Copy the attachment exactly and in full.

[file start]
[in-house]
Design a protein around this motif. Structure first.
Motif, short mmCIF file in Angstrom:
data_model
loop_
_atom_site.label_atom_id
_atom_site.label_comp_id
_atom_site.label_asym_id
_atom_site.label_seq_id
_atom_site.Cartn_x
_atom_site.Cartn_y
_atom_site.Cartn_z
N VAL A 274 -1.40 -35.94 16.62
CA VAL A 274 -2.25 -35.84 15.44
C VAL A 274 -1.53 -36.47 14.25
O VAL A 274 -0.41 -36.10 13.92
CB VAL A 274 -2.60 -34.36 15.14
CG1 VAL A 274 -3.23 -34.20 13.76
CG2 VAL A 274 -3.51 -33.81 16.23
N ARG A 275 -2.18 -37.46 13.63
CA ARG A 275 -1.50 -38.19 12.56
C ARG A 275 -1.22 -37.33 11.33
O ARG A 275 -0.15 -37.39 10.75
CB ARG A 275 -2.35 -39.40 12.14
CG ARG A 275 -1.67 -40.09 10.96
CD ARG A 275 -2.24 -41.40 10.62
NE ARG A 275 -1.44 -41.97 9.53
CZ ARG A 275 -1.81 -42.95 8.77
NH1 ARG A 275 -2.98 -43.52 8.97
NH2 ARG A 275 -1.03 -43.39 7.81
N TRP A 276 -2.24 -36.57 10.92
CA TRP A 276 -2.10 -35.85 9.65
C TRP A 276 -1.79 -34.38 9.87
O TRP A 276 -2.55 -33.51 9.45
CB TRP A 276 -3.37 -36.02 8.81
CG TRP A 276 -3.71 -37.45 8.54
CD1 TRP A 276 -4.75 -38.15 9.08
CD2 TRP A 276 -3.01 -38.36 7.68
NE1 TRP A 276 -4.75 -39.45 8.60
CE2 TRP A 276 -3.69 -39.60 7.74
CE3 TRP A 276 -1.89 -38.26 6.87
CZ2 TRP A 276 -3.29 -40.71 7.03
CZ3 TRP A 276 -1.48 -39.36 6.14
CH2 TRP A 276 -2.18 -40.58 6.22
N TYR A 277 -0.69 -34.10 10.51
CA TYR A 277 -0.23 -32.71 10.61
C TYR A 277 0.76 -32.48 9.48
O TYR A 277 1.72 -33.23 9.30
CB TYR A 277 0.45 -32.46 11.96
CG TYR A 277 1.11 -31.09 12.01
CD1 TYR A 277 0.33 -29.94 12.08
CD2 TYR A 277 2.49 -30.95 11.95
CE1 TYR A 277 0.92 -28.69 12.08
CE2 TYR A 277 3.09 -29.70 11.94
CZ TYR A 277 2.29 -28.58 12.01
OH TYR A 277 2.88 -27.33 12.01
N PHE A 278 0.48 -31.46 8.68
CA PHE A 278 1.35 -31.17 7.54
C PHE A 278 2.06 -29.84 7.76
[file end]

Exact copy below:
[in-house]
Design a protein around this motif. Structure first.
Motif, short mmCIF file in Angstrom:
data_model
loop_
_atom_site.label_atom_id
_atom_site.label_comp_id
_atom_site.label_asym_id
_atom_site.label_seq_id
_atom_site.Cartn_x
_atom_site.Cartn_y
_atom_site.Cartn_z
N VAL A 274 -1.40 -35.94 16.62
CA VAL A 274 -2.25 -35.84 15.44
C VAL A 274 -1.53 -36.47 14.25
O VAL A 274 -0.41 -36.10 13.92
CB VAL A 274 -2.60 -34.36 15.14
CG1 VAL A 274 -3.23 -34.20 13.76
CG2 VAL A 274 -3.51 -33.81 16.23
N ARG A 275 -2.18 -37.46 13.63
CA ARG A 275 -1.50 -38.19 12.56
C ARG A 275 -1.22 -37.33 11.33
O ARG A 275 -0.15 -37.39 10.75
CB ARG A 275 -2.35 -39.40 12.14
CG ARG A 275 -1.67 -40.09 10.96
CD ARG A 275 -2.24 -41.40 10.62
NE ARG A 275 -1.44 -41.97 9.53
CZ ARG A 275 -1.81 -42.95 8.77
NH1 ARG A 275 -2.98 -43.52 8.97
NH2 ARG A 275 -1.03 -43.39 7.81
N TRP A 276 -2.24 -36.57 10.92
CA TRP A 276 -2.10 -35.85 9.65
C TRP A 276 -1.79 -34.38 9.87
O TRP A 276 -2.55 -33.51 9.45
CB TRP A 276 -3.37 -36.02 8.81
CG TRP A 276 -3.71 -37.45 8.54
CD1 TRP A 276 -4.75 -38.15 9.08
CD2 TRP A 276 -3.01 -38.36 7.68
NE1 TRP A 276 -4.75 -39.45 8.60
CE2 TRP A 276 -3.69 -39.60 7.74
CE3 TRP A 276 -1.89 -38.26 6.87
CZ2 TRP A 276 -3.29 -40.71 7.03
CZ3 TRP A 276 -1.48 -39.36 6.14
CH2 TRP A 276 -2.18 -40.58 6.22
N TYR A 277 -0.69 -34.10 10.51
CA TYR A 277 -0.23 -32.71 10.61
C TYR A 277 0.76 -32.48 9.48
O TYR A 277 1.72 -33.23 9.30
CB TYR A 277 0.45 -32.46 11.96
CG TYR A 277 1.11 -31.09 12.01
CD1 TYR A 277 0.33 -29.94 12.08
CD2 TYR A 277 2.49 -30.95 11.95
CE1 TYR A 277 0.92 -28.69 12.08
CE2 TYR A 277 3.09 -29.70 11.94
CZ TYR A 277 2.29 -28.58 12.01
OH TYR A 277 2.88 -27.33 12.01
N PHE A 278 0.48 -31.46 8.68
CA PHE A 278 1.35 -31.17 7.54
C PHE A 278 2.06 -29.84 7.76